Area Forecast Discussion
Issued by NWS Mt. Holly, NJ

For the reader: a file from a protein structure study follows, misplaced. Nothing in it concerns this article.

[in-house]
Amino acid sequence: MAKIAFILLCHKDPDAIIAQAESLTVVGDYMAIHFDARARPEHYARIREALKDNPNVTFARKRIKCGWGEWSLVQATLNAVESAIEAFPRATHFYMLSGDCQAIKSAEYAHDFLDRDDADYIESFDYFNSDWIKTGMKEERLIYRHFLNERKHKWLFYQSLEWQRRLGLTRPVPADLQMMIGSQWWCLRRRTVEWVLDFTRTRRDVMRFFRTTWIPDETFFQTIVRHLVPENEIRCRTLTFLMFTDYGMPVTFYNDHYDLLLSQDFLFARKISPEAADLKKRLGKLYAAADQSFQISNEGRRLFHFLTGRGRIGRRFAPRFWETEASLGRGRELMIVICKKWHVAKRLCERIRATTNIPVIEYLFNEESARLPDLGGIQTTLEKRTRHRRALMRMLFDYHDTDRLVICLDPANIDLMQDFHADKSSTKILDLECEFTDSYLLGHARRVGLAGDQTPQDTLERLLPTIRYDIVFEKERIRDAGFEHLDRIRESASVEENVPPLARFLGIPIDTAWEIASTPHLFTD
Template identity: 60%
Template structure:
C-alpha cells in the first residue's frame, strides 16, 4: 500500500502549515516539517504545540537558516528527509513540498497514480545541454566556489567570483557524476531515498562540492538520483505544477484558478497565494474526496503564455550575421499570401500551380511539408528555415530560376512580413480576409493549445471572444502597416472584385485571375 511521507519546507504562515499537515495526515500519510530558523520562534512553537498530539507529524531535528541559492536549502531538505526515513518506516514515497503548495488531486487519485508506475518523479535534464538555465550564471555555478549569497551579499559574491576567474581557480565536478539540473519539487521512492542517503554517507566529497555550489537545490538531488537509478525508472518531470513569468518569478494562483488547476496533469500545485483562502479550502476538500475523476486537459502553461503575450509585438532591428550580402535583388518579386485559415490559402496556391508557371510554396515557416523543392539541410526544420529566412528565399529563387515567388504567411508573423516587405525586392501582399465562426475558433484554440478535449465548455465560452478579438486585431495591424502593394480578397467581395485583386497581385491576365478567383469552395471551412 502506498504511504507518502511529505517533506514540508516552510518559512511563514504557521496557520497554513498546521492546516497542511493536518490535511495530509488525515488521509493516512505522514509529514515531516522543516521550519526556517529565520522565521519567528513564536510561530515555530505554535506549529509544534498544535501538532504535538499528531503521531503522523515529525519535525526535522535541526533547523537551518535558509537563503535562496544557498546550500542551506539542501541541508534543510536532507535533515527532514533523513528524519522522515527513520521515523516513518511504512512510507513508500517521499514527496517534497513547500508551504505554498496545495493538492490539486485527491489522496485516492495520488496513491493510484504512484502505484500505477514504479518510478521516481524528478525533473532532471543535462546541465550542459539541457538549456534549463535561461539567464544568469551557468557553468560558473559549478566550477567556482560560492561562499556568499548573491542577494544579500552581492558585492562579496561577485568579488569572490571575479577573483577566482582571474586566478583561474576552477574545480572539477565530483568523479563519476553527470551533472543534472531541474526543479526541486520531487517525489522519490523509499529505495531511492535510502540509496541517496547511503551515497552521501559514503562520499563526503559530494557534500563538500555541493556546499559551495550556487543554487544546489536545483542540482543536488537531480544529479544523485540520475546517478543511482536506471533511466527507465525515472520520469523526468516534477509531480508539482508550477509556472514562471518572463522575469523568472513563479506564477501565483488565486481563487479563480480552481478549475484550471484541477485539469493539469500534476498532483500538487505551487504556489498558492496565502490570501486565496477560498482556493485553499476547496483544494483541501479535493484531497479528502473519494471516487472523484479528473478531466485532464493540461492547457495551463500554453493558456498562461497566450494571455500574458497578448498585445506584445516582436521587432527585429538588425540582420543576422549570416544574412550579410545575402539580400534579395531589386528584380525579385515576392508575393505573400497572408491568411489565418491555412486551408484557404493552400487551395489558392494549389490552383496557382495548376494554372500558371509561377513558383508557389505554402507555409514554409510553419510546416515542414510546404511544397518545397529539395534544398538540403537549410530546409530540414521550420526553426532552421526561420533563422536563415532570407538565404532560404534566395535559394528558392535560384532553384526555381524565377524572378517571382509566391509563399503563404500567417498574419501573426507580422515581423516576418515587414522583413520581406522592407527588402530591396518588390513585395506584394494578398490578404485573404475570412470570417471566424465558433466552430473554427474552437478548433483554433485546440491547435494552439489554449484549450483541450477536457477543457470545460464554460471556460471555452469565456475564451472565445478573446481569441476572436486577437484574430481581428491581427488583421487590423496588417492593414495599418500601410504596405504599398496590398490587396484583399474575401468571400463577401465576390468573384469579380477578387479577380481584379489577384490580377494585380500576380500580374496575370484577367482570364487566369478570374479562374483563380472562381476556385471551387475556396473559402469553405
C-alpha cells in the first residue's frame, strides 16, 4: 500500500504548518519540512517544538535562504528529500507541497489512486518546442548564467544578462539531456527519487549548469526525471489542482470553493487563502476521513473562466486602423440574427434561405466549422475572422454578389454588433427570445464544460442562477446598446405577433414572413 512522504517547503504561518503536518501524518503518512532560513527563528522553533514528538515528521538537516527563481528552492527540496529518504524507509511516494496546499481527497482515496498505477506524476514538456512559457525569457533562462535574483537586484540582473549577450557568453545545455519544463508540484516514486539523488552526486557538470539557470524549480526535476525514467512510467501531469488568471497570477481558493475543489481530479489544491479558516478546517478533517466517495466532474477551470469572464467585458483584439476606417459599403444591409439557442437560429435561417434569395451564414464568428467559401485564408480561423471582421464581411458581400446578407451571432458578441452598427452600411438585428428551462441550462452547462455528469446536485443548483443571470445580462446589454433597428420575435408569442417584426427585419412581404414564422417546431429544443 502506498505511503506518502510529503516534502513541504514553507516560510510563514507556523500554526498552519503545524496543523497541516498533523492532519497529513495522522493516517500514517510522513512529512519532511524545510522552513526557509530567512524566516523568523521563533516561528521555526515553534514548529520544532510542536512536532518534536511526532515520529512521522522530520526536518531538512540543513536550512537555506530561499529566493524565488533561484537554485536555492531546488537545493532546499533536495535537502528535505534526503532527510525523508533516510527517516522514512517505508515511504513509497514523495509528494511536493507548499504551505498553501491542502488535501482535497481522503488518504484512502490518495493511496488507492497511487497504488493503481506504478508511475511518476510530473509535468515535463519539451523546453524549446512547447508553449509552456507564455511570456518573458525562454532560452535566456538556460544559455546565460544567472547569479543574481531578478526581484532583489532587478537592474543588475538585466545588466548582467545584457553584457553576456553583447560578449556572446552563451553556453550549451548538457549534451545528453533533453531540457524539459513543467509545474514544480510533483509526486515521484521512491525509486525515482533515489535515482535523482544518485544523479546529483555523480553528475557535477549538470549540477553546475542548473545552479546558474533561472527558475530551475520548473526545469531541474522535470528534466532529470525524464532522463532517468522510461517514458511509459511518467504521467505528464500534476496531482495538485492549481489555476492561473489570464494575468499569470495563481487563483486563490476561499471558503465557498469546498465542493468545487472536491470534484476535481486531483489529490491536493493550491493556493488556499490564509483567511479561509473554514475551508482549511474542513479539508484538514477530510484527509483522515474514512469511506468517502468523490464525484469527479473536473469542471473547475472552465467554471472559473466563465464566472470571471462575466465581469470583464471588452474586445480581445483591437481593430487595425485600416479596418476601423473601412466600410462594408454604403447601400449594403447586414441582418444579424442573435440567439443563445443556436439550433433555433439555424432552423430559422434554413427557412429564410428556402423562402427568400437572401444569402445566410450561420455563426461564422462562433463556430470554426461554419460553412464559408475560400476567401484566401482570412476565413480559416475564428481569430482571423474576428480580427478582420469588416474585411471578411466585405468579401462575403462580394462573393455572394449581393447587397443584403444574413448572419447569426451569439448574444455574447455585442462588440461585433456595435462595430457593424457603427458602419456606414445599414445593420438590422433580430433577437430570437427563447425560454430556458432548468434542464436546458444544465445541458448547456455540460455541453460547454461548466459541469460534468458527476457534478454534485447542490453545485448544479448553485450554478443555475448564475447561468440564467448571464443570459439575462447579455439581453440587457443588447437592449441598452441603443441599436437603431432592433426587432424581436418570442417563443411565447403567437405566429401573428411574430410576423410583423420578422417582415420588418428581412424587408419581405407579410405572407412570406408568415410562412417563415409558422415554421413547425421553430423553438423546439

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501 FXUS61 KPHI 200755 AFDPHI Area Forecast Discussion National Weather Service Mount Holly NJ 355 AM EDT Tue Mar 20 2018 .SYNOPSIS... A pair of low pressure systems today will merge into one large coastal low by tomorrow. This low will lift northeast away from our region Wednesday night into Thursday. High pressure builds in to start the weekend. Another low pressure system may approach our region early next week. && .NEAR TERM /UNTIL 6 PM THIS EVENING/... Well, a rather challenging forecast as moisture moves up from the south while rather dry low-level air (colder) is seeping southward. As we start aloft, a strong short wave shifts eastward today from the Ohio Valley and eventually starts to shear toward the east due to an area of confluence in the flow to the northeast. Meanwhile, another strong short wave sharpens an upper-level trough across the Tennessee Valley by late today. At the surface, this translates to low pressure developing off of the Mid-Atlantic coast while high pressure centered near Hudson Bay Canada wedges down into the Mid- Atlantic region (cold air damming). So how does this impact our sensible weather? Low-level warm air advection is forecast to occur into our region above a shallow northeast flow. This will be augmented by increasing easterly flow above the surface, combining to produce ample isentropic lift which will be enhanced by short wave energy and areas of 850-700 mb frontogenesis. A concern continues to be the rather dry low-level air seeping southward from the Canadian high pressure system. This will tend to keep the wet-bulb temperature lower especially across the central and northern areas, but deeper drier air farther north will tend to halt the advancement of the precipitation shield. The precipitation types are complicated due to a warm layer in place for awhile, and some model guidance suggests that a zone of sleet occurs. Some model soundings hint at freezing rain, however a closer examination points to sleet due to a shallower warm layer between about 800-850 mb. Freezing rain in late March during the daytime hours is tough given marginal surface temperatures. If more sleet were to fall, especially if heavy as some guidance suggests, then accumulations would be more efficient. There is quite a bit of uncertainty on this evolution, so definitely look for updates during the course of the day. We opted to remove the Winter Weather Advisory for today, and start a Winter Storm Warning early this evening to simplify the messaging and will discuss the mixed precipitation for today within the Winter Storm Warning product. Any snow and sleet accumulations should be on the light enough side today, and we held off on any ice accumulation from freezing rain until this evening as late March during the day should limit any icing. It appears the northern edge of the precipitation may struggle to get to and north of about I-78. As low pressure develops off the Mid-Atlantic coast, the pressure gradient tightens due to high pressure to the northwest. This along with strengthening flow above the surface will result in a gusty northeasterly wind with the highest gusts closer to the coast. This looks to be focused across coastal southeastern New Jersey to southern Delaware, therefore a Wind Advisory is in effect there for today. For the hourly temperatures and high temperatures, we blended in the 2-meter temperatures with continuity overall. && .SHORT TERM /6 PM THIS EVENING THROUGH 6 AM WEDNESDAY/... A rather complex setup continues to take shape tonight. A significant upper-level trough that closes off will approach from the central Appalachians late tonight. This will maintain downstream ascent, however there are two separate forcing areas one which weakens and peels away to the northeast this evening. This should allow the precipitation shield to weaken and perhaps becomes more spotty for a time. Due to the precipitation intensity becoming lighter and even hints at some drying aloft occurring for a time, some light freezing rain/drizzle and sleet should continue for parts of the area although more light rain farther south and east. As height falls arrive toward morning with the incoming closed low, large scale ascent will start to increase with some uptick in the frontogenesis. This will maintain surface low pressure development off the Mid-Atlantic coast with a strong northeast wind continuing especially closer to the coast. We ended the Wind Advisory at 6 PM, as the gusty winds are included in the Winter Storm Warning which starts at 6 PM (most impacts though occur starting early Wednesday morning). Given the idea of the column cooling from northwest to southeast overnight, the precipitation type from any mixing should start to transition over to snow toward daybreak for much of the area. As mentioned, we started the Winter Storm Warning at 6 PM to cover any areas of light icing and mixed precipitation before things really start to ramp up. This is a challenging forecast especially with it being two phases with some weaker lift between them. Low temperatures are a blend of continuity and model guidance. && .LONG TERM /WEDNESDAY THROUGH MONDAY/... Pretty much all of the focus in the long term is on Wednesday and Wednesday night. Wednesday...Strong signal for TROWAL of the now merged coastal low to be over our region. There is a very distinct Theata E ridge at 700 and 600 mb on the northwest side of the low in nearly all of the operational models. Exactly where in our region is uncertain, it could be over the I95 corridor or further east over the Coastal Plains. This, along with the placement of a band of frontogenesis is critical to determining where the highest threat for mesoscale banding will be during the day. Hazards on Wednesday: Heavy wet snow especially under mesoscale banding. There is the potential for a 6 to 12 hour period of very heavy snow with snow rates of 2 to 3 inches at times. We expect to get a majority of the overall snow accumulation in this period. As mentioned above, there are still some questions as to where the highest threat is, and thus, still some uncertainty with the snow amounts. Given the temperature profiles, expect a very heavy wet snow to be falling through this time as the snow to liquid ratio across much of the region will likely be less than 10:1. Strong winds, with gusts around 45 mph, primarily along the coast, and primarily during the morning. This will could cause power problems, especially if there is already a snow load on trees and power lines. However, the strongest winds may occur before the heaviest snow, although that is still somewhat uncertain. I also don`t think these strong winds will contribute too much to blowing snow; as mentioned previously, this will be a very heavy wet snow which should limit the blowing snow threat. Wednesday night...snow could linger through the evening, but it should be tapering off as the low moves further away and it looks like we lose the ribbon of low to mid level frontogenesis through this time. Thursday and Friday...High builds in, leading to a return to tranquil weather. The snow pack could limit day time heating, so have gone with the lower side of guidance for highs each day. Saturday...Models continue to depict a very fast moving clipper system through this period. If there is enough moisture advection, may see a brief window of opportunity for light snow, but anything with this system should not amount to much. Saturday Night - Monday... The mid-level large scale features include additional energy digging into the western conus trough, which amplifies a downstream ridge over the central conus, while high latitude blocking invof the Davis Strait slowly breaks down. This all influences the placement and amplitude of the trough across the Northeast conus and Southeast Canada, and the shortwave disturbances moving through this feature. In particular, there is alot of uncertainty regrading the placement and amplitude of the central conus ridge, with even an apparent omega or rex block appearance, depending on the model solution. This all leads to a considerable amount of spread in the deterministic and ensemble solutions regarding low pressure tracking from the Great Planes on Saturday, with the potential for redevelopment off the Mid- Atlantic coast on Sunday and into Monday. Some solutions favor a slower and more suppressed track, which would have less of an impact on our region, while others suggest a track across our region, which would obviously have a significant impact. But there is just too much dispersion in the solutions at this point to lock onto any one in particular. What we can say is that there is the potential for another impactful storm system this weekend. Some of these impacts could include wintry precipitation and coastal flooding. Depending on the just how impactful the storm system Tuesday into Wednesday of this week is (e.g., heavy wet snow impacts to trees, powerlines, and the extent of power outages), it`s important to keep in mind that any potential storm this weekend could inhibit those recovery efforts. Looking ahead to Monday, the pattern is favoring a return to fair weather with temperatures at or above average. && .AVIATION /07Z TUESDAY THROUGH SATURDAY/... The following discussion is for KPHL, KPNE, KTTN, KABE, KRDG, KILG, KMIV, KACY and surrounding areas. Today...VFR ceilings northward, lowering to MVFR possibly IFR from PHL/PHL south and eastward later this morning and this afternoon. A mix of snow, sleet and rain is expected at many of the terminals, with this occurring later today at ABE to TTN. The precipitation type forecast is low confidence as is the timing. More rain should occur at MIV and ACY. Northeast winds increasing to 12-16 knots and gusts to 25-35 knots with the highest winds closer to the coast. Tonight...Variable MVFR/IFR conditions with times of snow, sleet, rain and perhaps freezing rain, which should start to transition to all snow from west to east toward daybreak Wednesday. Most of the precipitation should trend lighter for awhile tonight, which is anticipated to improve the visibility for a time. Northeast or north- northeast winds 10-20 knots with gusts 25-35 knots with the highest gusts closer to the coast. Outlook... Wednesday and Wednesday night...IFR and lower conditions especially during the day Wednesday in snow, which could be heavy at times. We may see some gradual improvement Wednesday night. Northeasterly wind becoming northwesterly Wednesday night with gusts 20 to 30 KT possible. Wednesday morning, gusts up to 40 KT possible at KACY. Moderate confidence. Thursday and Friday...Mostly VFR conditions expected. Northwesterly winds up to 15 KT. High confidence. Saturday...Mostly VFR conditions expected with light and variable winds. Moderate Confidence. && .MARINE... Gale and Storm Warnings in effect. Conditions will rapidly deteriorate on the waters through tonight as low pressure develops off the Mid-Atlantic coast. Winds will reach gale force quickly from south to north today, then storm force starting early this evening resulting in dangerous conditions. Seas will build rapidly through tonight given a strengthening northeast flow, reaching 10-17 feet through tonight (3-7 feet on Delaware Bay). Outlook... Wednesday...Intermittent storm force conditions most of the Atlantic coastal waters and lower De Bay with a NE wind Wednesday. Intermittent gale conditions on upper DE Bay. Wednesday night...Northwest flow with winds and seas slowly subsiding to Gale and then possibly SCA by Thursday daybreak. Thursday...SCA northwest flow. Thursday Night - Saturday...Sub-SCA conditions expected. && .TIDES/COASTAL FLOODING... The beginning of the upcoming coastal flooding event is now within 24 hours. As a result, we have transitioned from the watch to warnings and advisories. The Coastal Flood Watch was upgraded to a Coastal Flood Warning for the New Jersey counties of Ocean, southeastern Burlington, Atlantic and Cape May, and for the Delaware counties of Sussex and Kent. We added Cumberland County to the warning, as well. The Coastal Flood Warning is in effect from 8:00 PM this evening until 5:00 AM Thursday to cover all three high tide cycles of concern. Based on the wind trajectory, the coastal flooding may not quite reach moderate in Monmouth County and Middlesex County. Also, it may be delayed a bit in those areas. We have placed those two counties under a Coastal Flood Advisory and it is in effect from 9:00 AM Wednesday until 5:00 AM Thursday. The surge is forecast to push up Delaware Bay and into the far lower Delaware River, impacting the high tides there on Wednesday and Wednesday night. A Coastal Flood Advisory has been issued for New Castle County and Kent County. It is in effect from noon on Wednesday until 5:00 AM Thursday. Another prolonged period of tidal flooding appears imminent along the coasts of New Jersey and Delaware and along Delaware Bay. The high tide cycles of concern are tonight`s, and the ones on Wednesday and Wednesday night. The astronomical tides with the daytime high tide are about a half foot lower than those with the nighttime high tides. We continue to favor the more robust ETSS based on the model trends over the past few days. The guidance has been moving toward increasing impacts associated with the storm. An onshore flow has already developed and it will strengthen today. The surge is expected to build around 1.0 to 1.5 feet from Long Beach Island northward, and around 1.5 to 2.0 feet from the Atlantic City area southward for tonight`s high tide. Minor flooding should begin from Long Beach Island southward at that time. The surge for the Wednesday high tide is forecast to be in the 2.5 to 3.0 foot range. It is expected to produce moderate coastal flooding along much of the New Jersey coast, the Delaware coast and Delaware Bay. The exception should be the northern part of the New Jersey coast where widespread minor flooding is anticipated. Also, minor flooding should reach the the far lower part of the Delaware River. The wind is forecast to transition from northeast to north on Wednesday night. However, water is expected to remain trapped along our coast and we are anticipating another round of surge levels in the 2.5 to 3.0 foot range. The degree of flooding is expected to be similar to that on Wednesday. At this point, no tidal flooding is anticipated for the upper eastern shore of Chesapeake Bay. && .CLIMATE... Daily Record Snowfall Site 3/20 3/21 3/22 ---- ---- ---- ---- PHL 9.6" (1958) 4.7" (1932) 3.0" (1914) ACY 5.0" (1914) 5.9" (1889) 2.4" (1964) ILG 10.3" (1958) 5.4" (1964) 3.0" (1943) ABE 16.5" (1958) 4.3" (1964) 2.6" (1992) Snowfall as of (3/18/18) Site March `18 Rank Since 7/1 Rank ---- --------- ---- --------- ---- PHL 7.6" 26 22.2" 56 ACY 3.5" 17 28.0" 13 ILG 6.1" 24 19.9" 48 ABE 7.5" 26 32.8" 39 Daily Record Rainfall Site 3/20 3/21 3/22 ---- ---- ---- ---- PHL 1.76" (1958) 2.24" (2000) 1.90" (1977) ACY 2.56" (1958) 1.98" (2000) 1.54" (1903) ILG 1.99" (1913) 3.21" (2000) 2.22" (1977) ABE 2.12" (1958) 1.42" (1983) 2.49" (1977) RDG 3.03" (1958) 1.57" (1890) 2.70" (2000) TTN 1.74" (1958) 2.02" (1980) 2.25" (1977) GED 2.12" (1975) 1.94" (2001) 1.20" (1964) MPO 2.13" (1975) 1.28" (1950) 2.74" (1980) && .PHI WATCHES/WARNINGS/ADVISORIES... PA...Winter Storm Warning from 6 PM this evening to 2 AM EDT Thursday for PAZ070-071-101>106. Winter Storm Warning from 6 PM this evening to 8 PM EDT Wednesday for PAZ054-055-060>062. NJ...Winter Storm Warning from 6 PM this evening to 2 AM EDT Thursday for NJZ001-007>010-012>027. Coastal Flood Warning from 8 PM this evening to 5 AM EDT Thursday for NJZ020>027. Wind Advisory from 8 AM this morning to 6 PM EDT this evening for NJZ023>025. Coastal Flood Advisory from noon Wednesday to 5 AM EDT Thursday for NJZ016. Coastal Flood Advisory from 9 AM Wednesday to 5 AM EDT Thursday for NJZ012>014. DE...Winter Storm Warning from 6 PM this evening to 2 AM EDT Thursday for DEZ001>004. Coastal Flood Warning from 8 PM this evening to 5 AM EDT Thursday for DEZ002>004. Wind Advisory from 8 AM this morning to 6 PM EDT this evening for DEZ003-004. Coastal Flood Advisory from noon Wednesday to 5 AM EDT Thursday for DEZ001. MD...Winter Storm Warning from 6 PM this evening to 2 AM EDT Thursday for MDZ008-012-015-019-020. MARINE...Storm Warning from 6 PM this evening to 6 PM EDT Wednesday for ANZ431-451>455. Storm Warning from midnight tonight to 7 PM EDT Wednesday for ANZ450. Gale Warning from 11 AM this morning to 6 PM EDT Wednesday for ANZ430. && $$ Synopsis...Johnson Near Term...Gorse Short Term...Gorse Long Term...Franck/Johnson Aviation...Gorse/Franck/Johnson Marine...Gorse/Franck/Johnson Tides/Coastal Flooding...Iovino Climate...Franck is the U.S. government's official web portal to all federal, state and local government web resources and services.